A typical residential solar panel installation takes 45 days on average.
In reality, the timeline varies depending on the size and complexity of your system, the condition of your roof, local inspection, permitting processes, and your utility company.
In this article, you will learn more about the solar installation process and what factors can affect the timeline.
The Solar Installation Process
1. Signing the Contract
Before any work can begin, you’ll need to sign a contract with your solar installer.
This contract outlines the details of your project, including the price, estimated timeline, financial options, and warranties or guarantees.
Make sure you understand all the terms of the contract before you sign-if anything is unclear, be sure to ask for clarification.
2. Site Assessment
Once you sign the contract, the next step is for the solar installer to assess your site. During the visit, the installer will take a look at three main factors:
- Roof condition and size: the site assessor will ensure your roof is strong enough to support the solar system’s weight and big enough to fit the number of solar panels you’re looking to install.
- Solar access: the site assessor will check if trees or buildings could block sunlight from reaching your panels and decide the best solar panel position.
- Service panel: the site assessor will check the capacity of your home’s electrical service panel. If it can’t handle the additional power from the solar panels, you’ll need to upgrade it before the installation can proceed.
3. System Design & Engineering
Based on information from the site assessment, the solar engineers will begin designing your system.
They will calculate how many solar panels you need, determine the type of mounting system to attach the panels to your roof and adjust the system design to meet local code requirements.
This process is crucial for your system to be designed correctly. This will get you the best return on investment and ensure you meet all safety standards.
4. Solar Permitting
Solar installations require the proper permits before work can begin.
The permitting process varies depending on where you live but typically includes submitting paperwork to your city or county for approval.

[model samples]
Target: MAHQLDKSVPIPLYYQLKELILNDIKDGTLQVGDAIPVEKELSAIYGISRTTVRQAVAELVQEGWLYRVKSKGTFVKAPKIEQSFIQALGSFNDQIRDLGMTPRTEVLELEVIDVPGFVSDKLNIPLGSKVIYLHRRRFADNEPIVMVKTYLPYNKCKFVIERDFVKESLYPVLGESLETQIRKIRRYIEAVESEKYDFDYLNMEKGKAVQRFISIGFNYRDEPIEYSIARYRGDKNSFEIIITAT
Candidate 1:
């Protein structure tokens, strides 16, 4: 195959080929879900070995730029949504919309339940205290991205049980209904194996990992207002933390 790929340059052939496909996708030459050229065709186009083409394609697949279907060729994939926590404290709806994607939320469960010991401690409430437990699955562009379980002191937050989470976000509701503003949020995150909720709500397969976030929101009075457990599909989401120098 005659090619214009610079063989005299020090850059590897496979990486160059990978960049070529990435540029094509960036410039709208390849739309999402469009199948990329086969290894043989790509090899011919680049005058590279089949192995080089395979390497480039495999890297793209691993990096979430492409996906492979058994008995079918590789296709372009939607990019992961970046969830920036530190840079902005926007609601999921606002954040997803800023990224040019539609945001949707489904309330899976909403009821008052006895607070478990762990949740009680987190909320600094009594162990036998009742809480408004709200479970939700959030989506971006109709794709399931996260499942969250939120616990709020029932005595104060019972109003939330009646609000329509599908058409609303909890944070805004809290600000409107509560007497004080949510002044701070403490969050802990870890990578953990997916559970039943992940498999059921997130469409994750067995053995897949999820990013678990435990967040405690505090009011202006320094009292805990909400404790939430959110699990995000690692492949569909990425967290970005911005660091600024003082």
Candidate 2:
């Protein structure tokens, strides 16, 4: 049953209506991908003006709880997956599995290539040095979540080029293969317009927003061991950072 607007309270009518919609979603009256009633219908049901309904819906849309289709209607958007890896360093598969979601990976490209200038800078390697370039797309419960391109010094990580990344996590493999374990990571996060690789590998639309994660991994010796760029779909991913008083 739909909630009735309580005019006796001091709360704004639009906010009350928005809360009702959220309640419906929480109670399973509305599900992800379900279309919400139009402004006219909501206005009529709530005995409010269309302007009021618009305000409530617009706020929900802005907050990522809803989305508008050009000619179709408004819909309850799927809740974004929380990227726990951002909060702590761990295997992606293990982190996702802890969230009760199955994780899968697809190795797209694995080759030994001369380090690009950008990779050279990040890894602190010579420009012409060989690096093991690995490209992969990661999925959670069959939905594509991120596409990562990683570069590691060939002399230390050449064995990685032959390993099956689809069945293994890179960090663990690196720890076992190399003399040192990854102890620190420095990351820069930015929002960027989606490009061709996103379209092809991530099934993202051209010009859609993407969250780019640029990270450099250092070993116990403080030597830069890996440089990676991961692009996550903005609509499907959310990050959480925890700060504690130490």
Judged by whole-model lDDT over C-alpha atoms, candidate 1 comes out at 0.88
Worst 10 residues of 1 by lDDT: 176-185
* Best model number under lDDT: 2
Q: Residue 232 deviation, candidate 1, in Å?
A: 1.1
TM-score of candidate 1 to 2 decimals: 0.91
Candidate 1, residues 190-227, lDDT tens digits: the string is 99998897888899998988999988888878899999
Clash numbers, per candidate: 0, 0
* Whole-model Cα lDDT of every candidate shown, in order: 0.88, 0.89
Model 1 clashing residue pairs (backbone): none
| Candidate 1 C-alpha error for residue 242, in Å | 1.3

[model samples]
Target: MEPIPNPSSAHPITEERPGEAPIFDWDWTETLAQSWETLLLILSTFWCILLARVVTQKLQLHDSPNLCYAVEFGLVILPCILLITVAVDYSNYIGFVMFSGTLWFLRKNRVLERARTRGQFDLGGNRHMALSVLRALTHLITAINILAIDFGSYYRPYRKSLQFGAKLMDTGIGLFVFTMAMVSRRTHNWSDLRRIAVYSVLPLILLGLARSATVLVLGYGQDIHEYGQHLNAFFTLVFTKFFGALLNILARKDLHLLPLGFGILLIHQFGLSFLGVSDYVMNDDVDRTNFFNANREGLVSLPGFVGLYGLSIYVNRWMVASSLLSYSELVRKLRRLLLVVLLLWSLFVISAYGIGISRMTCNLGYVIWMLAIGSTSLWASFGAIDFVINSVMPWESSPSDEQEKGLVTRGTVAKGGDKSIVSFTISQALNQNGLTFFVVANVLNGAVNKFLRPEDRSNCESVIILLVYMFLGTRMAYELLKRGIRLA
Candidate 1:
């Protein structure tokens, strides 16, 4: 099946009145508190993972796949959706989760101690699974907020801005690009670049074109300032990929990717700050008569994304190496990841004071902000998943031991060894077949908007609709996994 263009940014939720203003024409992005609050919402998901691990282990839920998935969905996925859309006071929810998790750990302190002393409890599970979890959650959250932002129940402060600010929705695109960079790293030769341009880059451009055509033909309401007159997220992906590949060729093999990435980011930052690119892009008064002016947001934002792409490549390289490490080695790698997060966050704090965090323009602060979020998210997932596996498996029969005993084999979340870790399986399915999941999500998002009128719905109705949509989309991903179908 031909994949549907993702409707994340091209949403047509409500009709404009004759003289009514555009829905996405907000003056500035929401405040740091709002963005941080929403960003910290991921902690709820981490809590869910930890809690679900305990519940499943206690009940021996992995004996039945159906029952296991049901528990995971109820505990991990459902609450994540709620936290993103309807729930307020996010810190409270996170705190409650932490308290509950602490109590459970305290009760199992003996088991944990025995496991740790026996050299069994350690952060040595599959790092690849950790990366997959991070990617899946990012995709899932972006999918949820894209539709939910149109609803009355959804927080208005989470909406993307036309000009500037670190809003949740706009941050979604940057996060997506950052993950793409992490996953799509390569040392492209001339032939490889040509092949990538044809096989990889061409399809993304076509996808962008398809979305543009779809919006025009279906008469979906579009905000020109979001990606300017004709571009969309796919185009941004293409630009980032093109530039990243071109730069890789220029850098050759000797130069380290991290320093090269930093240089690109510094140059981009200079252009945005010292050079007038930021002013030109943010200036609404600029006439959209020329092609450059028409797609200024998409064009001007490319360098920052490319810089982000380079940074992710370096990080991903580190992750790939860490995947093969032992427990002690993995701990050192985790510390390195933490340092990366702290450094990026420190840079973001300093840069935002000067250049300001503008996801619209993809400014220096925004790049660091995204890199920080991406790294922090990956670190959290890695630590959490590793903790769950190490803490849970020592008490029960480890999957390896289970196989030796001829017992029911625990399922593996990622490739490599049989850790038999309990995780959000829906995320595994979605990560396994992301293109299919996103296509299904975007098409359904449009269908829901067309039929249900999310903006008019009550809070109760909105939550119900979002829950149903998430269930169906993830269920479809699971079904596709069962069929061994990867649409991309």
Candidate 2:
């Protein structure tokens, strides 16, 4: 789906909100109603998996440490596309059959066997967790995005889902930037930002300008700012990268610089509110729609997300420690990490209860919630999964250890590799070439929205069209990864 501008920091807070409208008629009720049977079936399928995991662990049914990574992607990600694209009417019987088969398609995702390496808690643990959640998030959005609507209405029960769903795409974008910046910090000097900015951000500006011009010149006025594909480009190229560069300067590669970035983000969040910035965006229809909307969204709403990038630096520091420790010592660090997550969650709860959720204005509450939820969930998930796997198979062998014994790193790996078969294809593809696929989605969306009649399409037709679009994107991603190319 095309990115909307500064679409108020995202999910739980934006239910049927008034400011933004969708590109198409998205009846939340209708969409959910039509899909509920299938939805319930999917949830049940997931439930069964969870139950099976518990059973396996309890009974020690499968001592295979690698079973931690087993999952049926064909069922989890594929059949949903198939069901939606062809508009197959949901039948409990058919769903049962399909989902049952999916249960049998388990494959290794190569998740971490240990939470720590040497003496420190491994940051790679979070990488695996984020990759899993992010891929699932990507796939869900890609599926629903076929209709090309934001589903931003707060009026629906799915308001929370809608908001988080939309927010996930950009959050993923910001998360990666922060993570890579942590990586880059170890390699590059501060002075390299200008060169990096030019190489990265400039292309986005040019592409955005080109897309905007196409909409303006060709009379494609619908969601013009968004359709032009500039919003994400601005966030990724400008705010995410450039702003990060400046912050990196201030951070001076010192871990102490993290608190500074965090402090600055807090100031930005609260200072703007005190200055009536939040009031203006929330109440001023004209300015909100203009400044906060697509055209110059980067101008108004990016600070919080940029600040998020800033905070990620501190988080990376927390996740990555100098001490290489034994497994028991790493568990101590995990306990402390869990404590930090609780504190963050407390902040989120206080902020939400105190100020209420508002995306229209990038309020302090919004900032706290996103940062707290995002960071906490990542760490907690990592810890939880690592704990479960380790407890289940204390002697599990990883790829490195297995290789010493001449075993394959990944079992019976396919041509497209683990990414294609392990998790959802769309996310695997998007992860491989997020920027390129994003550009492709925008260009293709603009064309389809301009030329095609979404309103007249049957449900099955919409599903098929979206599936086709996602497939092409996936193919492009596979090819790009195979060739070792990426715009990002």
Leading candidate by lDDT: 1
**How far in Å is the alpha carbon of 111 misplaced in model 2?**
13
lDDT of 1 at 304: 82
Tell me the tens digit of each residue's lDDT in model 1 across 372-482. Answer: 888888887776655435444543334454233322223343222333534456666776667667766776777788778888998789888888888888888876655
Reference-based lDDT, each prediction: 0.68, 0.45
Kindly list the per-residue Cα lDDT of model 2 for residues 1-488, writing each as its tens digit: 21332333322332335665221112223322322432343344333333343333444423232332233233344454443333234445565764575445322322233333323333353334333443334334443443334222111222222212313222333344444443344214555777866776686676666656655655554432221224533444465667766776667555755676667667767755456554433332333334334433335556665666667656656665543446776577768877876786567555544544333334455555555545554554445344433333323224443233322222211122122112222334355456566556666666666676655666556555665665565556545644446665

Your solar installer will take care of this process and work with the authorities to get the permits approved.
However, the permitting process can add significant time to your project timeline—sometimes up to several months.
5. Solar Panel Installation
After the site assessment, system design, and permitting process are complete, it’s finally time for the solar panels to be installed.
The installation itself is a quick process and can often be done in just one day. The solar installers will arrive with all the necessary equipment and materials to complete the job.
They will first attach the solar panels to your roof using a pre-designed mounting system. After the panels are in place, they will connect them to your home’s electrical system and install any necessary inverters.
Once everything is hooked up and working, the installers will clean up the site and provide a walkthrough of the system.
6. Solar Inspection & Utility Interconnection
After the solar panels are installed, your local building department will need to do a final inspection to ensure that the system meets safety requirements and approve the permit.
Finally, your solar installer will notify your utility company so that they can connect your system to the grid and give permission for it to start generating electricity.
In some cases, the utility company may require an additional inspection before approving the connection.
What Affects the Installation Timeline?
If you live in a community with a homeowner’s association, you will need approval from the HOA before proceeding with the installation.
Depending on the HOA’s procedures, the approval process can take several weeks or even months.
Electrical Panel Upgrade
If your home’s main electrical panel is not large enough to accommodate the new solar system, you will need to have it upgraded before the installation can begin. This upgrade typically takes a week or two to complete.
If your roof needs to be repaired or replaced before the solar panels can be installed, this will add additional time to the project timeline.
Solar panels are meant to be installed on a structurally sound roof that will last many years. Therefore, it’s essential repairs are done correctly before solar panel installation.
Most solar installers can do minor repairs, but major repairs or replacements will need to be completed by a licensed roofing contractor.
Solar Equipment Availability
The availability of solar equipment can sometimes delay the start of a project.
If the panels or inverters you need are not in stock, it can take several weeks or months to get them delivered.
Your solar installer can give you an estimate of the lead time for the equipment you need.